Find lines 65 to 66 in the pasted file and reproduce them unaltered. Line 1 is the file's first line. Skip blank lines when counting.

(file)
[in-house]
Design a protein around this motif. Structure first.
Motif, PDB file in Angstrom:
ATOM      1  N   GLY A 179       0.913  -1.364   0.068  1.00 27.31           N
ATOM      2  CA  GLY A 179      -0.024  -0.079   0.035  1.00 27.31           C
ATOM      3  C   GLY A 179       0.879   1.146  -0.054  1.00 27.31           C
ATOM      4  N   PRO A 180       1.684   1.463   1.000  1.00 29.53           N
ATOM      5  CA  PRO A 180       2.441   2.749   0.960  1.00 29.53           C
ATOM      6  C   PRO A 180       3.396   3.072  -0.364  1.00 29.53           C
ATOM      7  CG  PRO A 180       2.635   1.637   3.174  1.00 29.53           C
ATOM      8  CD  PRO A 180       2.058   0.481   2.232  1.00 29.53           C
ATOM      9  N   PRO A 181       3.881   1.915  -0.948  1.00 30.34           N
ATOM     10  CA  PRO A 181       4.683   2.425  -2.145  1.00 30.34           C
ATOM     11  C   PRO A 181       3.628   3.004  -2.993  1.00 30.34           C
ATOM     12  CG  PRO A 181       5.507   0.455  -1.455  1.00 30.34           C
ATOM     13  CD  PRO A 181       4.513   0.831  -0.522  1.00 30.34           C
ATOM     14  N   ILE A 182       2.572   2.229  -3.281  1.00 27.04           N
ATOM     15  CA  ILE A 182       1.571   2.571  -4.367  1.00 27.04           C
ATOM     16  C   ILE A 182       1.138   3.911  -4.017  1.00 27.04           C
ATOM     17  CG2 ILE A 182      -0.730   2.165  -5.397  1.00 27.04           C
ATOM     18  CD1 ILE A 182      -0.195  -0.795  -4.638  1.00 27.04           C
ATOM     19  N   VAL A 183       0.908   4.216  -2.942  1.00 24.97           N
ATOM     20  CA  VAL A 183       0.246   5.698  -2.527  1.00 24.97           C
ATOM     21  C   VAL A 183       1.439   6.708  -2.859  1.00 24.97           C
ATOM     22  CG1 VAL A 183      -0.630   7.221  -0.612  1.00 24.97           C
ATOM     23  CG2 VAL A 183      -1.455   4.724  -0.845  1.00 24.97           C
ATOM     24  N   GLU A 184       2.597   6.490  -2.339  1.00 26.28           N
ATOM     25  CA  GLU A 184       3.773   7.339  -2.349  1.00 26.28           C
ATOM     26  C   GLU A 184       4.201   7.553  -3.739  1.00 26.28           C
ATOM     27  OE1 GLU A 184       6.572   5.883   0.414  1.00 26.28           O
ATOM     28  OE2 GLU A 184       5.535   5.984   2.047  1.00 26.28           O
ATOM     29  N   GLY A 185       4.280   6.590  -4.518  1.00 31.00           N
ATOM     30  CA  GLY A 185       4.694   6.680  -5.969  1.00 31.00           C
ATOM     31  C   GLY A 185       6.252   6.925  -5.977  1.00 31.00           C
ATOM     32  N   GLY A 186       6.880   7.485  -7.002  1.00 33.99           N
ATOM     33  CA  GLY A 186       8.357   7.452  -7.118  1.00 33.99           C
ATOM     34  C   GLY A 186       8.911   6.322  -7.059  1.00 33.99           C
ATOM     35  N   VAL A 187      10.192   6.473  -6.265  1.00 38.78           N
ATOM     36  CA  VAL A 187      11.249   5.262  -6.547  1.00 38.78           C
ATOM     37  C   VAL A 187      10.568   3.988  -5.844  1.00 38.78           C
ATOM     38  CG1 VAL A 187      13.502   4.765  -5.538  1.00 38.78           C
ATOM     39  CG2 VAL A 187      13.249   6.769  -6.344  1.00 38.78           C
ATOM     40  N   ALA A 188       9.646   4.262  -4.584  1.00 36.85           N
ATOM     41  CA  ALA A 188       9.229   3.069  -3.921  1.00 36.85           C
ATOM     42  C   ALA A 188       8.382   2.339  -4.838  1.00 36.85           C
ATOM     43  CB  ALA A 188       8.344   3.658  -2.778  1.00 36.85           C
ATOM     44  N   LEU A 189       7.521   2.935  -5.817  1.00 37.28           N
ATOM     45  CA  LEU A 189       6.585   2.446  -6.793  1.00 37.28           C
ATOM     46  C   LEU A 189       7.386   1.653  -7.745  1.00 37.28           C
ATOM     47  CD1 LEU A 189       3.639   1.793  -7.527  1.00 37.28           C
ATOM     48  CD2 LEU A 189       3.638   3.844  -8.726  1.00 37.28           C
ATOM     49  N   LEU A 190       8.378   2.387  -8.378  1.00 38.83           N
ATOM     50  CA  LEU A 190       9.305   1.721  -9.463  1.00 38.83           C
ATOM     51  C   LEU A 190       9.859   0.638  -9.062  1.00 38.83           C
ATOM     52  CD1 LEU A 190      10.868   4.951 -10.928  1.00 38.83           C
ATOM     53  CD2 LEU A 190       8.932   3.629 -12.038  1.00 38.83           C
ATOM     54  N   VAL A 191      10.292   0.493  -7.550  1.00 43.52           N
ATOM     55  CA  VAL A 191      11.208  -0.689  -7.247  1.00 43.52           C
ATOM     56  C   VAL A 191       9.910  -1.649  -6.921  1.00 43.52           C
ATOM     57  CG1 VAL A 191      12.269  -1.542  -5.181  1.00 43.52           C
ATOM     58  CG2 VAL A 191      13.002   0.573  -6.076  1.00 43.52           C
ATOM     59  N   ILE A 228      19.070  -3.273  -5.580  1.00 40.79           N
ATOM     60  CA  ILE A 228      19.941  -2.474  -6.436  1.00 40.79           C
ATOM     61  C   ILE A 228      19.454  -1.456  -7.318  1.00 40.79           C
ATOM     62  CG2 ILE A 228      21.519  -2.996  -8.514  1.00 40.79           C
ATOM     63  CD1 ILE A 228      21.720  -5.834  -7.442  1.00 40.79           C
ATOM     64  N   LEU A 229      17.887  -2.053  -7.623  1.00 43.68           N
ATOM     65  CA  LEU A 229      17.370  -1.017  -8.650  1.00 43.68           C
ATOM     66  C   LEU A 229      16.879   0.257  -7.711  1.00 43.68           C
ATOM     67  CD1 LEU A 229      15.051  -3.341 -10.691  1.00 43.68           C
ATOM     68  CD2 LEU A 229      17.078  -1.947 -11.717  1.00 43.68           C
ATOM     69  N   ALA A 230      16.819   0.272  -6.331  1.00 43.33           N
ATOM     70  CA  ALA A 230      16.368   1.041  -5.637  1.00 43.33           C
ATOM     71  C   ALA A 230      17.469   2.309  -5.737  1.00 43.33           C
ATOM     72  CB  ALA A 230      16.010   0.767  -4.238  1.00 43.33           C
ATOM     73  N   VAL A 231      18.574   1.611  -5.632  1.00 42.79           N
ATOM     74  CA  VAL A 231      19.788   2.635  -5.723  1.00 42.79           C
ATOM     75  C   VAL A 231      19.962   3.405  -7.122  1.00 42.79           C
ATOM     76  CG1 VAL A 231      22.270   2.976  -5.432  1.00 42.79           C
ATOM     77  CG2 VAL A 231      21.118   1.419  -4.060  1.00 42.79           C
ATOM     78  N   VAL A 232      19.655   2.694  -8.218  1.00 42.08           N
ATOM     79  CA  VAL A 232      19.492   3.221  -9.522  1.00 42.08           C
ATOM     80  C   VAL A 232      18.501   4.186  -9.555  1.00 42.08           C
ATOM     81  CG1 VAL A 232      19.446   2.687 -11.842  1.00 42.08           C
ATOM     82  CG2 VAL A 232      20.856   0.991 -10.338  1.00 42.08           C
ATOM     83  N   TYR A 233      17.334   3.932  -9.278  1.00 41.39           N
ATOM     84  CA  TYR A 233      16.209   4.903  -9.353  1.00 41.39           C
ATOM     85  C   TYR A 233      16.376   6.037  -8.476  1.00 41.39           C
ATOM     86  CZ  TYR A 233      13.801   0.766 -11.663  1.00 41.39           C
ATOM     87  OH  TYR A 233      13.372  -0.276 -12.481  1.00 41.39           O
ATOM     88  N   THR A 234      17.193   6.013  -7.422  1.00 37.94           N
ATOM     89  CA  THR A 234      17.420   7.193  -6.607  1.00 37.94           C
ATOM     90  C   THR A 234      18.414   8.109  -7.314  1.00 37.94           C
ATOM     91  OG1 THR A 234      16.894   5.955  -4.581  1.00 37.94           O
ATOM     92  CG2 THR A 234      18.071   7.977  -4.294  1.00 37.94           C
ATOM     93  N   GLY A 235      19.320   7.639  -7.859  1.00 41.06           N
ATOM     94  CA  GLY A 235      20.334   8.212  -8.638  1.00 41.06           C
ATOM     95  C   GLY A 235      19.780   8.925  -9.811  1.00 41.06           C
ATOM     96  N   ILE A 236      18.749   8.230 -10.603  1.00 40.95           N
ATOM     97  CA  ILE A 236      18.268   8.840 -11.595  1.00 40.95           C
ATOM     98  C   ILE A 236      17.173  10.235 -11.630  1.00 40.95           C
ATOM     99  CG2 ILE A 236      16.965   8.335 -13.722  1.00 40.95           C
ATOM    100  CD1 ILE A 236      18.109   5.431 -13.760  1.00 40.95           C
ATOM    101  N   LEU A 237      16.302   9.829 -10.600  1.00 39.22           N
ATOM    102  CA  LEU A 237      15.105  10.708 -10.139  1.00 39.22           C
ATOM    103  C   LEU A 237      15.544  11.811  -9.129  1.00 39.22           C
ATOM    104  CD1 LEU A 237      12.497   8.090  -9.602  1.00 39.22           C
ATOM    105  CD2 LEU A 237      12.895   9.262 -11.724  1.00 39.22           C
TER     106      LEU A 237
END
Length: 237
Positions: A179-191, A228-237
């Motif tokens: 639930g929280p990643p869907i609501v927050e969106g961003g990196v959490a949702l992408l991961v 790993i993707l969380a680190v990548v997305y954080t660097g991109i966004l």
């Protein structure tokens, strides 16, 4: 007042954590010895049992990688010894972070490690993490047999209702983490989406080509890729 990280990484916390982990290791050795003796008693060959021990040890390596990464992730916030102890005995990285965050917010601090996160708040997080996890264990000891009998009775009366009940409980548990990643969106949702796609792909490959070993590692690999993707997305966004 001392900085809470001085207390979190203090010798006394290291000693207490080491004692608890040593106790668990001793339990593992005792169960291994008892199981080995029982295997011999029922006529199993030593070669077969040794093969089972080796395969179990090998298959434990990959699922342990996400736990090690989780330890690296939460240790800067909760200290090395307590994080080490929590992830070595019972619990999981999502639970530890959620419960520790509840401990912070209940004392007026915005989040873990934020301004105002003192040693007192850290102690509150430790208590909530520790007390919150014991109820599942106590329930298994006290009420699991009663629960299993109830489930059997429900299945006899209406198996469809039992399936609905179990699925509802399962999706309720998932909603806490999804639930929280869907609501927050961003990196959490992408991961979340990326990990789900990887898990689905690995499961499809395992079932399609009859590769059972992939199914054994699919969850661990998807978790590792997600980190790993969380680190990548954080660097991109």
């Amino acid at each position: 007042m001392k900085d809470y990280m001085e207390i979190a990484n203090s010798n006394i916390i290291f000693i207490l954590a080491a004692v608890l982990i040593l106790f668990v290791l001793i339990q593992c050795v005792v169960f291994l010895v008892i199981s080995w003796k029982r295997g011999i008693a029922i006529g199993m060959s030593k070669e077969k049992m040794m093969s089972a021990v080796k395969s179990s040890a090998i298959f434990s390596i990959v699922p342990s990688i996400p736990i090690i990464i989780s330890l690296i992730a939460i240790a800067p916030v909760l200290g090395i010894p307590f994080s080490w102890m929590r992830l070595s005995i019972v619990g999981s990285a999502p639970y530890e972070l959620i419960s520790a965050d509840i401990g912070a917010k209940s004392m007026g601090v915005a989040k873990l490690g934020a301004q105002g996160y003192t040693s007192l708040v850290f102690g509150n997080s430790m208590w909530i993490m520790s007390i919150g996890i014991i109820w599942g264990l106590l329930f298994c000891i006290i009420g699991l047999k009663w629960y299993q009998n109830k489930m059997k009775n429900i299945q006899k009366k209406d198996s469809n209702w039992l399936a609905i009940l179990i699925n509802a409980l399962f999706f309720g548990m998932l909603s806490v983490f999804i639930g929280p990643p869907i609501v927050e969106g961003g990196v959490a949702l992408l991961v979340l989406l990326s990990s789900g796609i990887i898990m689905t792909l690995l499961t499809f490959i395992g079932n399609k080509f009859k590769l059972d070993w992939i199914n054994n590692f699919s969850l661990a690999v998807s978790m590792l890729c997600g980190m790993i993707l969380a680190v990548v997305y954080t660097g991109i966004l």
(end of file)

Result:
ATOM     62  CG2 ILE A 228      21.519  -2.996  -8.514  1.00 40.79           C
ATOM     63  CD1 ILE A 228      21.720  -5.834  -7.442  1.00 40.79           C